Britons Tortured in Dubai Pardoned in Ramadan Amnesty

Grant Cameron, Karl Williams and Suneet Jeerh say they were forced to sign confessions they did not understand

Three Britons who were allegedly tortured in a Dubai prison have been pardoned by authorities and are due to return home, a British based charity announced today.

{jcomments on} The charity, Reprieve, say that Grant Cameron is already back in the United Kingdom (UK) and that they hope Suneet Jeerh and Karl Williams will return soon.

Sentenced to four-year long prison sentences in April 2013, the three men were found guilty of possessing a synthetic form of cannabis known as spice.

 The three men claim to have been tortured while in the custody of Dubai authorities, with a report by a torture expert backing up their statements.

 They say that authorities held guns to their heads, subjected them to beatings and electric shocks as well as forcing them to sign confessions in a language they do not understand.

 Following a visit to the UK in April by the UAE’s President, Sheikh Khalifa bin Zayed al-Nahyan, Prime Minister David Cameron called on authorities to impartially and independently investigate allegations of torture.

 The men were convicted on the evidence of police officers who are the ones accused of torturing them.

 To date, a proper investigation into the torture allegations is yet to be completed and released.

 Rori Donaghy, Campaign Manager at the Emirates Centre For Human Rights, said: “While we welcome the end of these three men’s ordeal, this pardoning should not come at the expense of the rule of law. With allegations of torture in the UAE commonplace, authorities must move to uphold their commitment to the United Nations’ Convention Against Torture and impartially investigate all credible allegations where they occur.”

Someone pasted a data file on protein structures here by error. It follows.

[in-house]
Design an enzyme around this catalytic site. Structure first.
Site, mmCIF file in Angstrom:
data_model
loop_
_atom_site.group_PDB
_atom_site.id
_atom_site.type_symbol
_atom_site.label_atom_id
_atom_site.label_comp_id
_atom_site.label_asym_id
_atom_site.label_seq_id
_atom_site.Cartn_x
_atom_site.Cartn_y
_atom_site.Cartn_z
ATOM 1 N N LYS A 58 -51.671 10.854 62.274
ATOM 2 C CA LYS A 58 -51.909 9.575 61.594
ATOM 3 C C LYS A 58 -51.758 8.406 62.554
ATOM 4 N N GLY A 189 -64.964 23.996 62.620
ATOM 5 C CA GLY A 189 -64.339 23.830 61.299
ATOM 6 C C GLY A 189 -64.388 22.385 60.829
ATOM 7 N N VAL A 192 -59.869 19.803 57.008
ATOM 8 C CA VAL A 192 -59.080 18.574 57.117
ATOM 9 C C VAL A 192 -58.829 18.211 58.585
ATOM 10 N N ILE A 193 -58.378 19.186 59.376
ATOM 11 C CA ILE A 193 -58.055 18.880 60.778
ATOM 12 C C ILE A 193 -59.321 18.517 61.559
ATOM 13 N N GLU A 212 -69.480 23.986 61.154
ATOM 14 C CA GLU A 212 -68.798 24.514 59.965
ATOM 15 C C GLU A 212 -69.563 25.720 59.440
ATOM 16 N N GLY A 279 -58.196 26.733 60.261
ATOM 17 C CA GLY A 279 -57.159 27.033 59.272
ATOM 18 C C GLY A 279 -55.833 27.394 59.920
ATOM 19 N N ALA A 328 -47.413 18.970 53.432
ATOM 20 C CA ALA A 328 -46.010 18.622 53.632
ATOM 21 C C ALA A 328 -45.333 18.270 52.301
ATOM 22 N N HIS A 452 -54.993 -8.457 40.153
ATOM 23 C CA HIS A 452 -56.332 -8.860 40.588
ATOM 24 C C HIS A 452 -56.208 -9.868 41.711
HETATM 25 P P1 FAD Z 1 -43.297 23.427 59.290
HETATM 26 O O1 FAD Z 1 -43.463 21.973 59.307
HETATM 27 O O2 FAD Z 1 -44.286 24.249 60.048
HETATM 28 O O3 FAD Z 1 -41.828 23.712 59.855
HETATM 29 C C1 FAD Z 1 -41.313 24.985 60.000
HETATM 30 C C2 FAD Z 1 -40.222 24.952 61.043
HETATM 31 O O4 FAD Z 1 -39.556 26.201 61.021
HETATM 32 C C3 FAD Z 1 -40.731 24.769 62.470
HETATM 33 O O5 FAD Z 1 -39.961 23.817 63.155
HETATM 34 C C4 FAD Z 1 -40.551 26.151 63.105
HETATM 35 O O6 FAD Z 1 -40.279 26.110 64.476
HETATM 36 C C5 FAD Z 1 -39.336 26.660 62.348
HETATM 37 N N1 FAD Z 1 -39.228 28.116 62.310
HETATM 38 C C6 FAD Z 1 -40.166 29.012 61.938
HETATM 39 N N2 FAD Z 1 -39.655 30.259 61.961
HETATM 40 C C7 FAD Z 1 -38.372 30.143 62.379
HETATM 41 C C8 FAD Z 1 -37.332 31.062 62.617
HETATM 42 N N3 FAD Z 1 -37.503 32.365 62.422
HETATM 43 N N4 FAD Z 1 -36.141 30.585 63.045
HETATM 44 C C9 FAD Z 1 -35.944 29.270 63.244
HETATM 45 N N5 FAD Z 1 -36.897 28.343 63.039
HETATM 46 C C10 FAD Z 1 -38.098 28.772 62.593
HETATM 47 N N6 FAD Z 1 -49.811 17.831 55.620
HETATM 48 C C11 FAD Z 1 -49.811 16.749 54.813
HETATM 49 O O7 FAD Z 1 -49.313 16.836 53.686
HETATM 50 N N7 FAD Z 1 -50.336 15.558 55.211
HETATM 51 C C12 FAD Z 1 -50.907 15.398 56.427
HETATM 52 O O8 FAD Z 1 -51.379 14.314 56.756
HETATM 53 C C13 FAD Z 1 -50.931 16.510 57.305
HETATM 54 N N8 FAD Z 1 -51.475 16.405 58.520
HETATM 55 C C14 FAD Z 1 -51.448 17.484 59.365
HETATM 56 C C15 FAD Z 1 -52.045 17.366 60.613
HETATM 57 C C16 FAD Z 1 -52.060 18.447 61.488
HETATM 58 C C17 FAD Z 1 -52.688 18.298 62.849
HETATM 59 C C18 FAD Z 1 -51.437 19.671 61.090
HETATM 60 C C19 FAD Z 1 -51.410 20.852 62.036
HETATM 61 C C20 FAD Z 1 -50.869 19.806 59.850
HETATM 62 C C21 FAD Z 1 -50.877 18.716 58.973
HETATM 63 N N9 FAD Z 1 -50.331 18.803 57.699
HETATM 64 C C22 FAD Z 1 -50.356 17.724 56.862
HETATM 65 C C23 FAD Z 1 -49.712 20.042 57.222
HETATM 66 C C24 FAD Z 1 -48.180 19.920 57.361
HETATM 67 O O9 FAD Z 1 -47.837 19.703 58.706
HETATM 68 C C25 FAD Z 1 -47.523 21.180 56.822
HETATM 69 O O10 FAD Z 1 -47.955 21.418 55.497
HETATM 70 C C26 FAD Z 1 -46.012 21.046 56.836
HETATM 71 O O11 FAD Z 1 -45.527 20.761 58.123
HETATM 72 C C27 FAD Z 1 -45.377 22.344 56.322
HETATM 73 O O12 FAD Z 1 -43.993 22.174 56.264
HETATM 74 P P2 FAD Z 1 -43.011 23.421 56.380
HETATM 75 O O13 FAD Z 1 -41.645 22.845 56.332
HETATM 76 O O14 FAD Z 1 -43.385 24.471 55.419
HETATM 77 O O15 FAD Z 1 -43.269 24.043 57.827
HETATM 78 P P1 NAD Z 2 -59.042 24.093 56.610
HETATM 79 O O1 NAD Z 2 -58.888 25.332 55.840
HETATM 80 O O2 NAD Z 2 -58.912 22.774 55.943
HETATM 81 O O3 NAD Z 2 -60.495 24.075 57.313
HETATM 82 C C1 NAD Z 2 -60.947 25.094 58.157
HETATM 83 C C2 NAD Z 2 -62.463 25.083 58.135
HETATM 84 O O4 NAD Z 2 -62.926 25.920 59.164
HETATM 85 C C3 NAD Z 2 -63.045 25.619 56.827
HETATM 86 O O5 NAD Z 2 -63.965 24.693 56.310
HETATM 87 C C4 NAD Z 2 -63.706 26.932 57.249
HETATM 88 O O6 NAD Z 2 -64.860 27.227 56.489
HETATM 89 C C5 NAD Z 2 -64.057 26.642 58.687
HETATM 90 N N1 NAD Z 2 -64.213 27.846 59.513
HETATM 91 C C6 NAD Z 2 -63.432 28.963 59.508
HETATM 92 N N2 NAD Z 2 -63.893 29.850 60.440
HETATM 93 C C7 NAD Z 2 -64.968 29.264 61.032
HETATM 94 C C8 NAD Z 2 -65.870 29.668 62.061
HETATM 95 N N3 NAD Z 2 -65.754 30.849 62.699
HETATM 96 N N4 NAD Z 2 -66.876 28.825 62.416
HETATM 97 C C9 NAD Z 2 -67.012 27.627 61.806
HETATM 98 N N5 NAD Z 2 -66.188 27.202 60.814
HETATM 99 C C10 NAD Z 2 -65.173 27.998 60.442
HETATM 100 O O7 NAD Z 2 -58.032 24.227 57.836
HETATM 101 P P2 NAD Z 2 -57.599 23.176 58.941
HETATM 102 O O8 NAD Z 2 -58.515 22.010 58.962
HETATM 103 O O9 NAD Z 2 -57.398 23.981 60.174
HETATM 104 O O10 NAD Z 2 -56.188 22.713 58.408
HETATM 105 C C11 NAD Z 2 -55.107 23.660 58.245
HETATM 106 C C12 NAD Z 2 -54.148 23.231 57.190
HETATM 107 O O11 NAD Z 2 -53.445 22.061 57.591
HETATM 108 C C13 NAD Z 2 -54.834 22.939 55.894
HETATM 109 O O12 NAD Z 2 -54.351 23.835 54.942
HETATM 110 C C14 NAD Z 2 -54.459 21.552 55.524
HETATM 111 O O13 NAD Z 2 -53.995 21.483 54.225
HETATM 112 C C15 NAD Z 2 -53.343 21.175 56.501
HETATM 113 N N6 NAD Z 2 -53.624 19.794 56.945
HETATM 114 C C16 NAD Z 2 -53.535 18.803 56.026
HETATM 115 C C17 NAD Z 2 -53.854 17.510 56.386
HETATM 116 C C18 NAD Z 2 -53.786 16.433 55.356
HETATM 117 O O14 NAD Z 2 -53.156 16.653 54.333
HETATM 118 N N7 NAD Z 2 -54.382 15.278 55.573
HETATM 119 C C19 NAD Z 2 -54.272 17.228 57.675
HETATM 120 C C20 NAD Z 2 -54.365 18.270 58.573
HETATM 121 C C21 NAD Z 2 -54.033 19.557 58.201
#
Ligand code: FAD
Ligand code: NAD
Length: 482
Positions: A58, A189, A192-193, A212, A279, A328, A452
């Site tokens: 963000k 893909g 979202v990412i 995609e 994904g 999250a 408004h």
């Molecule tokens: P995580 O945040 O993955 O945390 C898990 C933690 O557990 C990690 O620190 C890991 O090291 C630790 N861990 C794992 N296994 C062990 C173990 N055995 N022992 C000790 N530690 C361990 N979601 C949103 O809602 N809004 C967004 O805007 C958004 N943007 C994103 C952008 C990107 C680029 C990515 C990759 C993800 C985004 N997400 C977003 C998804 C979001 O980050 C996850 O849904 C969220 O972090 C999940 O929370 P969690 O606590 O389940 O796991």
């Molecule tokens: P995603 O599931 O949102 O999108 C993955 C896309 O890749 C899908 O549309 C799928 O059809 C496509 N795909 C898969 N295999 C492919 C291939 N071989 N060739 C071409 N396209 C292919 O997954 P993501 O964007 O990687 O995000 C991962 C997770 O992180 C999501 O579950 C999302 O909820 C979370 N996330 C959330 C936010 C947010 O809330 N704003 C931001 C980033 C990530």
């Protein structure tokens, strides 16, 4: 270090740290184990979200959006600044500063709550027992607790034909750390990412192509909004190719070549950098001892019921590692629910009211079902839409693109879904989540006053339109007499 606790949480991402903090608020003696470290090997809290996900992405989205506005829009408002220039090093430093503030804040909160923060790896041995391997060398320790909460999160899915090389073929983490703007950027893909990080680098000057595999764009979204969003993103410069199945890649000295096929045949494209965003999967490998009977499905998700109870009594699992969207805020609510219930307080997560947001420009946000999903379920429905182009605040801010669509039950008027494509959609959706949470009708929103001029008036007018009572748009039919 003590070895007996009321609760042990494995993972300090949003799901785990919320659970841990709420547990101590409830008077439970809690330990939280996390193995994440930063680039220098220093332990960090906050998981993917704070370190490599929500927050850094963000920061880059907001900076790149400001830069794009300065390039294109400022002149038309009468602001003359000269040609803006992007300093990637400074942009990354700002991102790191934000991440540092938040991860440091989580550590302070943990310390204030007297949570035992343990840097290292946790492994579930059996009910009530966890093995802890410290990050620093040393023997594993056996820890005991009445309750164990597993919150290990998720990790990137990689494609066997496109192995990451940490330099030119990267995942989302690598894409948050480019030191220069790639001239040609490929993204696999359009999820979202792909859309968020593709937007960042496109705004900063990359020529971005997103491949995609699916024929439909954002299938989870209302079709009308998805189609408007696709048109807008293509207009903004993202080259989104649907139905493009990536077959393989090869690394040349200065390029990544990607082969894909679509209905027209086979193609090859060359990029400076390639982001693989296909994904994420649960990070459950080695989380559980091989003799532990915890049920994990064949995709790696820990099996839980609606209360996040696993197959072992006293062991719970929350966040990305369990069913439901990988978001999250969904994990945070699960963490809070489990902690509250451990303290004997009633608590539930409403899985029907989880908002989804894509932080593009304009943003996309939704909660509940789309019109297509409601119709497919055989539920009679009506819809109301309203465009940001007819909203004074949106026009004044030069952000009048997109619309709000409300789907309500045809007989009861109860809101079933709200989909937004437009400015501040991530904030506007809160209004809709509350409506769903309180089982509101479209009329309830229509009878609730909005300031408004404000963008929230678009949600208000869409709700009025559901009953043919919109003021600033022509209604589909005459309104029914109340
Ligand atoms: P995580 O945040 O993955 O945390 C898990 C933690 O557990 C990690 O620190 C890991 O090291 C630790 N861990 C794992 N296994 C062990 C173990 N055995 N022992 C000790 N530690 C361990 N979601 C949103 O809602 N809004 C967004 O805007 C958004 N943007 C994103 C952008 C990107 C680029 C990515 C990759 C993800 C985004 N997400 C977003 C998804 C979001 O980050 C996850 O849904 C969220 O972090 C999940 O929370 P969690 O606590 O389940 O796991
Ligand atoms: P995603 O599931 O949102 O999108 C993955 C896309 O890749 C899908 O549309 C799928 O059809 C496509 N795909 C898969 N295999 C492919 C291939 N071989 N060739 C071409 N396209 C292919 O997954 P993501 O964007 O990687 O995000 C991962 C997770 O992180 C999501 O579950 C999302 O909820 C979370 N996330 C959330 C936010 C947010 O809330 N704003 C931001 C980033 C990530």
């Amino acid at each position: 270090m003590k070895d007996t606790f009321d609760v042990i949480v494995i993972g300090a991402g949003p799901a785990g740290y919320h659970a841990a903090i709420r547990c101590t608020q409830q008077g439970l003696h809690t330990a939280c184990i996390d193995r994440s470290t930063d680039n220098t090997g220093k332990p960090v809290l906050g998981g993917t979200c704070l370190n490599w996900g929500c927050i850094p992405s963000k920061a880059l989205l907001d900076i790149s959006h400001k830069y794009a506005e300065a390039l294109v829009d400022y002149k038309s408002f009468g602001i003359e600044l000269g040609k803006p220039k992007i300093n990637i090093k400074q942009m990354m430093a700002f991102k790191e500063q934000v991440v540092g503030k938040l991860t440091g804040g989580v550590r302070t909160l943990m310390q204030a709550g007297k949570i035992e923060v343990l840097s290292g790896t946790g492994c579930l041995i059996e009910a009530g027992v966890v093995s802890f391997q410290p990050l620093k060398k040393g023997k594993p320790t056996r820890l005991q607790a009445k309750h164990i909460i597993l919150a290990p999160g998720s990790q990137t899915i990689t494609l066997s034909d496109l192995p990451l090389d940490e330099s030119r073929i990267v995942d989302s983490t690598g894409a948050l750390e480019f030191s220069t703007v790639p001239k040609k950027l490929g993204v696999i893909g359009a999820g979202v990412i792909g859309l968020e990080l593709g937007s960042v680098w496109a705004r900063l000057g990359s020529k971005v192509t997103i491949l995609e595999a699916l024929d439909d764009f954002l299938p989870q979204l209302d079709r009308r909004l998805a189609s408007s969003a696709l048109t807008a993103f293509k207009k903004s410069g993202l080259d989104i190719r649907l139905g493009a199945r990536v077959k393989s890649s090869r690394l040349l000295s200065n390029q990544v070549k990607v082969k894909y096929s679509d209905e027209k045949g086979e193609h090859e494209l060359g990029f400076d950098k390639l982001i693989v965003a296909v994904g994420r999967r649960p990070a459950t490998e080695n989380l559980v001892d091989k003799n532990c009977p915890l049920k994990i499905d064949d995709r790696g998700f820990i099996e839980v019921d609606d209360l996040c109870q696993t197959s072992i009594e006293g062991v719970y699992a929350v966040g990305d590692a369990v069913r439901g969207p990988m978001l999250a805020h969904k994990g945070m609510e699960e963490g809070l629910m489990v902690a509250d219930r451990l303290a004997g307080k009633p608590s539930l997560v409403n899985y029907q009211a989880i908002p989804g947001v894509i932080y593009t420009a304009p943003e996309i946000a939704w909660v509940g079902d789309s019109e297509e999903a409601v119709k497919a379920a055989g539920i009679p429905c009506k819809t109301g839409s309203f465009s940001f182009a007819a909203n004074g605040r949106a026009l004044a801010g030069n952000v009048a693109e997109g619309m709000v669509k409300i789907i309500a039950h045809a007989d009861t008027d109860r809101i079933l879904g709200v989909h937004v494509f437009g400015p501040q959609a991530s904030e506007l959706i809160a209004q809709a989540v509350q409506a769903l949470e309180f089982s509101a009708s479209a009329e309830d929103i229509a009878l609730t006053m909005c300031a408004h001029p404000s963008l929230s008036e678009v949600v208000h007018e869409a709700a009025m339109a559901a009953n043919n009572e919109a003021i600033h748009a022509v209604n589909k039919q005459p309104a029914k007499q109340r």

We call upon authorities to independently investigate the allegations of torture against these three Britons, holding to account perpetrators where necessary in line with international law.

 The pardoning of these men may bring to an end an experience they should never have been subject to but it is not a sustainable solution.

 Authorities must eradicate torture in a country where consistently credible allegations have been made over the past year. From Syrian nationals to the UAE 94, allegations of torture have been commonplace.

 The suffering in this case may be at an end, however, in order to ensure it does not continue to occur authorities must move to wholly reform both the legal system and hold to account the perpetrators of torture.

For further information please contact Rori Donaghy on +447850062105 or at campaigns@echr.org.uk

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